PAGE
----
flickr/Claire Le Monde
After the first eight chapters, David Foster Wallace introduces himself into the novel as a character. The "Author's Prologue," Chapter 9, is written in Wallace's voice—the trademark, self-conscious style used in so many of his essays and stories. It's such a crystal-clear conjuration that it almost reads like a radio transmission—he even begins the section with the words "author here." How did you feel coming upon that section for the first time, while you were looking for clues in a dense and difficult work—and suddenly found yourself addressed by the very friend and colleague you were mourning?
In fact, that's the first chapter that I read. In the stack of material on his desk, the first words were the chapter that begins, "author here." And the second chapter I read also begins "author here." It was galvanic. It did feel like a transmission from David. In this period of great grief, suddenly, there was something—not just something David had created with great fullness—it was David he had created with great fullness. It was bewildering and exalting and thrilling.
The book posits itself as memoir, stating that the only untrue line in it is the "all persons fictional" disclaimer at the beginning. How is this conceit central to the novel?
I think David wanted his readers to think about the ways in which fiction can be true in our lives. I think that's his intent in a lot of his fiction, but much more directly here—by positing that this is a true story, even though it's clearly not a true story. David Wallace did not do the things that he says he does in those chapters [work for the IRS in the 1980s]. But he wanted us to think about how stories are real to us. How telling stories matters to us.
It's interesting that your process of assembling the multiple pieces of this book was a task as imposing as some of the bureaucratic processes in the book.
Except this was exhilarating. It was the challenge of a lifetime. For me, it was a grief-stricken challenge—but how lucky I am to have been given this opportunity. Even working through the page of David's smallest, most illegible handwriting, I was happy every second—attuned every second to reading what he had been working on. I felt privileged to be seeing, so intimately, the process of his writing.
Karen Green designed the book's striking cover art. How did this aspect of the publication come together?
Karen, David's wife, is a—brilliant—artist, and I asked her if she wanted to create something for the cover. She said yes.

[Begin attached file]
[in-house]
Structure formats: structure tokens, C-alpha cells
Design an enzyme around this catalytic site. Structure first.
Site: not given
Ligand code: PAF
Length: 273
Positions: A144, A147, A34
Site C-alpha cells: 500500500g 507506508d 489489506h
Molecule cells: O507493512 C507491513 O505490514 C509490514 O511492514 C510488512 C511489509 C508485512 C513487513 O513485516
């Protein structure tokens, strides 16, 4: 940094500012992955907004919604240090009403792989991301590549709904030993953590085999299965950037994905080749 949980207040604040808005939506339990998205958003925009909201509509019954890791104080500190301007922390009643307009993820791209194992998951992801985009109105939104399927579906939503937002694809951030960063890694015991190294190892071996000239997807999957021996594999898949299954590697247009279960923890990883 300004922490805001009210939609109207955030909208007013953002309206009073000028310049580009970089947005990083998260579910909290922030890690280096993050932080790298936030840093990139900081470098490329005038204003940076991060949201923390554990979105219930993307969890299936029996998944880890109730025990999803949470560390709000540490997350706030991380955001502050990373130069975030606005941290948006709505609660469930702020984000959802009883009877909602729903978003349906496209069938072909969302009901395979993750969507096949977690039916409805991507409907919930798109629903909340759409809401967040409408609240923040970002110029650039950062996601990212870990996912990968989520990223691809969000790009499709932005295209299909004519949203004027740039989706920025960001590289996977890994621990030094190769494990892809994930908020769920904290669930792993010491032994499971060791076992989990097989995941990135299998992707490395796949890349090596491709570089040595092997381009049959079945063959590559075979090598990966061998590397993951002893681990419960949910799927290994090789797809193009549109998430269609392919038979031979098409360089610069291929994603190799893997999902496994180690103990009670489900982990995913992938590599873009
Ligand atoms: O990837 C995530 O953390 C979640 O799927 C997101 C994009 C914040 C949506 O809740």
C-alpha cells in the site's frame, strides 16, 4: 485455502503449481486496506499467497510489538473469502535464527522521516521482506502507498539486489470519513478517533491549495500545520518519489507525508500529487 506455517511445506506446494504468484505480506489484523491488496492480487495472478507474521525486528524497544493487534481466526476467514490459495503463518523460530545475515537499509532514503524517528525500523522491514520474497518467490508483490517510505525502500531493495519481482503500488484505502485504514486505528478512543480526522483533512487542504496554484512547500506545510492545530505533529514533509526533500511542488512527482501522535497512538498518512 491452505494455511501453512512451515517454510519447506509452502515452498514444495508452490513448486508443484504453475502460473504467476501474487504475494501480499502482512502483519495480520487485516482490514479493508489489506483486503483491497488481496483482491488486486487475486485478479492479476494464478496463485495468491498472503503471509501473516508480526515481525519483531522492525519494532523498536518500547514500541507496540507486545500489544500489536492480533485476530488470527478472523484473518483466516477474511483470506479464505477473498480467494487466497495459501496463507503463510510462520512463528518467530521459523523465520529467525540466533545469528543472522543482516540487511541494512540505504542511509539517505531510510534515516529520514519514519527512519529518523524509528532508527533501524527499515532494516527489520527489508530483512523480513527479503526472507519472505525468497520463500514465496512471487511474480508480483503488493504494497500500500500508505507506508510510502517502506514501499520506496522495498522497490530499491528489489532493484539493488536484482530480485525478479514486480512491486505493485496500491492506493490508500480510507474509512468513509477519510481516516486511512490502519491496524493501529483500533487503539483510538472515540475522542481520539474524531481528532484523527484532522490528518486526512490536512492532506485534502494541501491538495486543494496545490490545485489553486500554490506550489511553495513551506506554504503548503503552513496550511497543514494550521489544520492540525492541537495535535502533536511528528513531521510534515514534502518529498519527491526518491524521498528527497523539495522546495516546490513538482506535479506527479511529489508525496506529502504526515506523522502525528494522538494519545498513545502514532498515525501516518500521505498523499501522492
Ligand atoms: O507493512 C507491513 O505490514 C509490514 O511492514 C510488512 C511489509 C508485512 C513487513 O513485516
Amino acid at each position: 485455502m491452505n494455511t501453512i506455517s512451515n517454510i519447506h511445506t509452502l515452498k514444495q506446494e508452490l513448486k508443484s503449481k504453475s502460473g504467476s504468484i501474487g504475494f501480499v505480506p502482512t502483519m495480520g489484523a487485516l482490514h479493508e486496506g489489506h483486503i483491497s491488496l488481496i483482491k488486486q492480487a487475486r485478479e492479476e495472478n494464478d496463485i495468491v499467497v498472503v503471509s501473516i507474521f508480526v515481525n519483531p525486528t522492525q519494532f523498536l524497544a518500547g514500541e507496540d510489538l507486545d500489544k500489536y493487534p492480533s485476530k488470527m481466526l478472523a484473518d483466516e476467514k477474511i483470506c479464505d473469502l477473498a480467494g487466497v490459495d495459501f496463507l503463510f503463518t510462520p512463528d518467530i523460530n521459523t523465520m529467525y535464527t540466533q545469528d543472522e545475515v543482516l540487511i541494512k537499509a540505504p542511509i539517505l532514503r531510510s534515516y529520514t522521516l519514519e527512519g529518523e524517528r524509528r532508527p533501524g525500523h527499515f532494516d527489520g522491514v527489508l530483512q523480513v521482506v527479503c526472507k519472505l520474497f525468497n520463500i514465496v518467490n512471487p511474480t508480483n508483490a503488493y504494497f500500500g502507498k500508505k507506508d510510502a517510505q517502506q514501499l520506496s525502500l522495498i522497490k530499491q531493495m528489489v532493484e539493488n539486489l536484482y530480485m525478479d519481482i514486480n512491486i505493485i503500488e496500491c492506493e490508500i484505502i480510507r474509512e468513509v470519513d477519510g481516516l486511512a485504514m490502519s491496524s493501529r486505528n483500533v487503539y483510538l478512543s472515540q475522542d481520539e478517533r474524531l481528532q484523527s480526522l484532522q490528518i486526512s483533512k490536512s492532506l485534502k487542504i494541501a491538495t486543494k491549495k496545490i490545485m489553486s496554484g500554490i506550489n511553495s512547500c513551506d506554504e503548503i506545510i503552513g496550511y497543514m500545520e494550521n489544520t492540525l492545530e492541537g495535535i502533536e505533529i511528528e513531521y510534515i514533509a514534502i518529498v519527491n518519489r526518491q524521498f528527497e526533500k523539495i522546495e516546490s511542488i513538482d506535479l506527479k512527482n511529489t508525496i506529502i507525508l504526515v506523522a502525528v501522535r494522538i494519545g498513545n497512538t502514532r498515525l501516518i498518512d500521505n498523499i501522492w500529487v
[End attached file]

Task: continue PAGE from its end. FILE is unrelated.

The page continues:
She made this image by shredding one of David's actual tax returns and threading it through the pages of the card you see on the cover. So that's an actual David Wallace IRS document that she made into this beautiful cover image.
There's something so intimate about re-appropriating something of his for the cover—the whole book strikes me as intimate in that way. There's your very moving introduction about your editorial process, and her artwork, and of course, the writing itself—this book is a labor of love, a collaboration between people who had serious relationships. In that sense, I've never seen a book quite like it.
I'm really touched that you feel that way. It certainly was a labor of a love. And not just for me, and not just for Karen, but everyone around him, who worked with him and knew him, who's had any hand in this. People who worked with him came away feeling enormous affection towards him, and gratitude towards him, and wanted to spend more time with him. So that implored us all to do everything we could do to bring this book into the world as carefully and respectfully as possible, and with a sense of delight.
Maybe it's a sign that people miss Wallace's consciousness so much—I often hear people ask what he would have written about WikiLeaks, say, or Twitter. More than so many writers, his work embodies the Internet age with its stylistic variance, its nonlinear structure, its obsession with pop culture—and yet tragically he's going to miss out on so much of what develops. So what does it mean that we're moving forward into unknown cultural territory without one of our wisest and most generous interpreters? How would you describe what we've lost by losing his voice?
[long pause]. You've posited that question so incredibly well, I feel like you've answered it yourself. I think I'm not going to add anything to it. I'm sorry. I don't have the words.
All I'll say is I share your admiration for David Wallace's work. He was a once-in-a-lifetime writer. Once in many lifetimes.